Wigley et al., Effect of climate sensitivity on the response to volcanic forcing, Journal of Geophysical Research 2005.

          Earth Radiation Budget Experiment
          Forster & Gregory, The Climate Sensitivity and Its Components Diagnosed from Earth Radiation Budget Data, Journal of Climate 2006.

          Paleoclimatic constraints
          Schmittner et al., Climate Sensitivity Estimated from Temperature Reconstructions of the Last Glacial Maximum, Science 2011.

          Bayesian probability
          Annan & Hargreaves, On the generation and interpretation of probabilistic estimates of climate sensitivity, Climate Change 2008.

          Review paper
          Knutti & Hegerl, The equilibrium sensitivity of the Earth’s temperature to radiation changes, Nature Geoscience 2008.

          InEssence: So you agree “very slowly” has a half life of about 10 years?

          Try to read more carefully. Individual molecules of CO2 are constantly exchanged with the hydrosphere and biosphere (half live of about 5-10 years) but results in no net change to atmospheric concentration; however, atmospheric concentration has a long half-life as geological sinks work very slowly (centuries to millennia).

          InEssence in reply to InEssence. | November 9, 2017 at 12:03 pm

          We can see the data. CO2 stays in the air about 10 years maximum.

          You list so many reports, but you don’t list a single function. That is for good reason. Every scientific and mathematical function proves that “alarmists” are all wet.

          You are still conflating the decay of atmospheric concentration with the equilibrium exchange rate. See, for instance, Archer et al., Atmospheric Lifetime of Fossil Fuel Carbon Dioxide, Annual Review of Earth and Planetary Sciences 2009.

          InEssence in reply to InEssence. | November 10, 2017 at 9:00 am

          You are saying that all those people who use CO2 as a thermometer, which is most everyone, are incorrect. 97% of the CO2 is caused by rotting plants. More plants implies a warmer earth. It is that simple. None of this works though, if it takes thousands of years for CO2 to go back into the earth. What good is a thermometer if it only goes up?

          It is very easy; look at the data and you can see the CO2 tracking temperature with a delay of about 50 years which is about how long it takes the average plant mass to sprout, grow, die, and rot. Either CO2 is in the air or it is not. “Conflating” CO2 does not exist. It is hard facts like this that make the “alarmists” look so silly.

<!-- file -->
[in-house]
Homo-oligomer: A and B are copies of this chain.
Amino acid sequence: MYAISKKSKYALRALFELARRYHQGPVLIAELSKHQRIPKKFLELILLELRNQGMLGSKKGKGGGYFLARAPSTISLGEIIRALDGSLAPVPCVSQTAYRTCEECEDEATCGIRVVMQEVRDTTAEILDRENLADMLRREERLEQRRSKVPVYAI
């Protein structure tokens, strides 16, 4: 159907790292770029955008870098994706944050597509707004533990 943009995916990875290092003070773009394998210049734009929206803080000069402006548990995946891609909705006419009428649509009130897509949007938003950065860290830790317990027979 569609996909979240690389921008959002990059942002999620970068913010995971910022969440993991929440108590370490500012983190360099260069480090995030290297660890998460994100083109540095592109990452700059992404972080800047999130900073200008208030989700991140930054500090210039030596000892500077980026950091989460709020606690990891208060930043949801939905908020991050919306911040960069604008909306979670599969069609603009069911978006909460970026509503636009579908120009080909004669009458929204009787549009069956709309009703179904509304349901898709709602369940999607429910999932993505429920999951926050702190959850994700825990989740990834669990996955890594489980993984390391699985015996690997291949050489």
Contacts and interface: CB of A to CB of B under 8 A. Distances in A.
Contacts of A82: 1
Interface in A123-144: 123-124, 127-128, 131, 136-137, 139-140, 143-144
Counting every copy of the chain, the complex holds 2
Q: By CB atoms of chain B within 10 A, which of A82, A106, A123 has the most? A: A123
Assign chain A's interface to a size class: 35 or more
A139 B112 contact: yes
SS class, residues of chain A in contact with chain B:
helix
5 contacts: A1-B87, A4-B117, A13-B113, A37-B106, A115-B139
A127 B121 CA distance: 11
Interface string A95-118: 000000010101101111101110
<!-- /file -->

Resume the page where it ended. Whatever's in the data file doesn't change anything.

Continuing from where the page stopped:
InEssence: You are saying that all those people who use CO2 as a thermometer, which is most everyone, are incorrect.

          A thermometer is a device that measures temperature or a temperature gradient. For the second time, we have no idea what you mean.

          InEssence: 97% of the CO2 is caused by rotting plants.

          Citation please.

    Matt_SE in reply to Zachriel. | November 5, 2017 at 10:58 am

    Yet you don’t have a predictive model that works. Until you do, you’re practicing religion.

“Second, the government should convene a ‘Red/Blue’ adversarial review to stress-test the entire report, as I urged in April. Critics argue such an exercise would be superfluous given the conventional review processes, and others have questioned even the minimal time and expense that would be involved.”

1) Given the revelations in the ClimateGate emails, I have doubts whether there is adequate representation of contrarian viewpoints in the conventional review process. In fact, I suspect such views have been actively discriminated against and driven from the table.

2) When leftists start complaining about “expense,” you know something’s rotten.

    Matt_SE: 1) Given the revelations in the ClimateGate emails, I have doubts whether there is adequate representation of contrarian viewpoints in the conventional review process. In fact, I suspect such views have been actively discriminated against and driven from the table.

    There’s very little actual research that significantly undermines the hypothesis of anthropogenic global warming. Climate skepticism, like evolution skepticism, is primarily a political and cultural phenomenon.

    Matt_SE: 2) When leftists start complaining about “expense,” you know something’s rotten.

    Don’t know about “leftists”, but scientific research dollars are always limited.

      I see the Soros-paid troll is back. Or, perhaps, it is the Russians? Thanks for the chuckles.

        Leslie Eastman: I see the Soros-paid troll is back.

        Our views are our own, and freely given. We accept no remuneration. Notably, you ignored the content of our comment. You might point to published scientific research that significantly undermines the hypothesis of anthropogenic global warming.

          Matt_SE in reply to Zachriel. | November 5, 2017 at 11:05 am

          “Our views are our own,” etc.
          Is this the royal “we,” or do you have multiple personality syndrome? Possessed by Legion, or is English your second language, comrade?

          OFF-TOPIC

          Matt_SE: Is this the royal “we,” or do you have multiple personality syndrome?